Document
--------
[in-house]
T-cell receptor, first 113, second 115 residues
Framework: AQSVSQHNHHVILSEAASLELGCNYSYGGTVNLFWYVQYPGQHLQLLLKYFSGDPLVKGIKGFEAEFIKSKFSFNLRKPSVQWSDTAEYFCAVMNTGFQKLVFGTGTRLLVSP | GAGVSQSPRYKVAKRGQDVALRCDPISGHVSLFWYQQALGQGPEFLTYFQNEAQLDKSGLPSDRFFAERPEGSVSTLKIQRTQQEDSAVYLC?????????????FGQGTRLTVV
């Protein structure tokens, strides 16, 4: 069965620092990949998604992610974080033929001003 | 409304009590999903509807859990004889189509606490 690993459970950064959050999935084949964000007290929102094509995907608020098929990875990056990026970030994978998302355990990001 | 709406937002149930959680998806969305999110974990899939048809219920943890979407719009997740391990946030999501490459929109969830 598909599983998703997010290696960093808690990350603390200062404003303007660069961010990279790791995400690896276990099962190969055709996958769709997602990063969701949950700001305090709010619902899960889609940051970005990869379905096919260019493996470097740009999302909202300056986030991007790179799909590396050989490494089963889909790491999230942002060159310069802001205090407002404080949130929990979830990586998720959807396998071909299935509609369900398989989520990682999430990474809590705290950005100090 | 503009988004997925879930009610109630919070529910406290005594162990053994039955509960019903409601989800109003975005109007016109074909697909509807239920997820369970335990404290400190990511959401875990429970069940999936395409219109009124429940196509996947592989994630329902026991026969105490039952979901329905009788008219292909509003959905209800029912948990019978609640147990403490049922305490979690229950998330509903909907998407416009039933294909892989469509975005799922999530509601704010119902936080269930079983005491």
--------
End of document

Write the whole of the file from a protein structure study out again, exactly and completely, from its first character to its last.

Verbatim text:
[in-house]
T-cell receptor, first 113, second 115 residues
Framework: AQSVSQHNHHVILSEAASLELGCNYSYGGTVNLFWYVQYPGQHLQLLLKYFSGDPLVKGIKGFEAEFIKSKFSFNLRKPSVQWSDTAEYFCAVMNTGFQKLVFGTGTRLLVSP | GAGVSQSPRYKVAKRGQDVALRCDPISGHVSLFWYQQALGQGPEFLTYFQNEAQLDKSGLPSDRFFAERPEGSVSTLKIQRTQQEDSAVYLC?????????????FGQGTRLTVV
């Protein structure tokens, strides 16, 4: 069965620092990949998604992610974080033929001003 | 409304009590999903509807859990004889189509606490 690993459970950064959050999935084949964000007290929102094509995907608020098929990875990056990026970030994978998302355990990001 | 709406937002149930959680998806969305999110974990899939048809219920943890979407719009997740391990946030999501490459929109969830 598909599983998703997010290696960093808690990350603390200062404003303007660069961010990279790791995400690896276990099962190969055709996958769709997602990063969701949950700001305090709010619902899960889609940051970005990869379905096919260019493996470097740009999302909202300056986030991007790179799909590396050989490494089963889909790491999230942002060159310069802001205090407002404080949130929990979830990586998720959807396998071909299935509609369900398989989520990682999430990474809590705290950005100090 | 503009988004997925879930009610109630919070529910406290005594162990053994039955509960019903409601989800109003975005109007016109074909697909509807239920997820369970335990404290400190990511959401875990429970069940999936395409219109009124429940196509996947592989994630329902026991026969105490039952979901329905009788008219292909509003959905209800029912948990019978609640147990403490049922305490979690229950998330509903909907998407416009039933294909892989469509975005799922999530509601704010119902936080269930079983005491």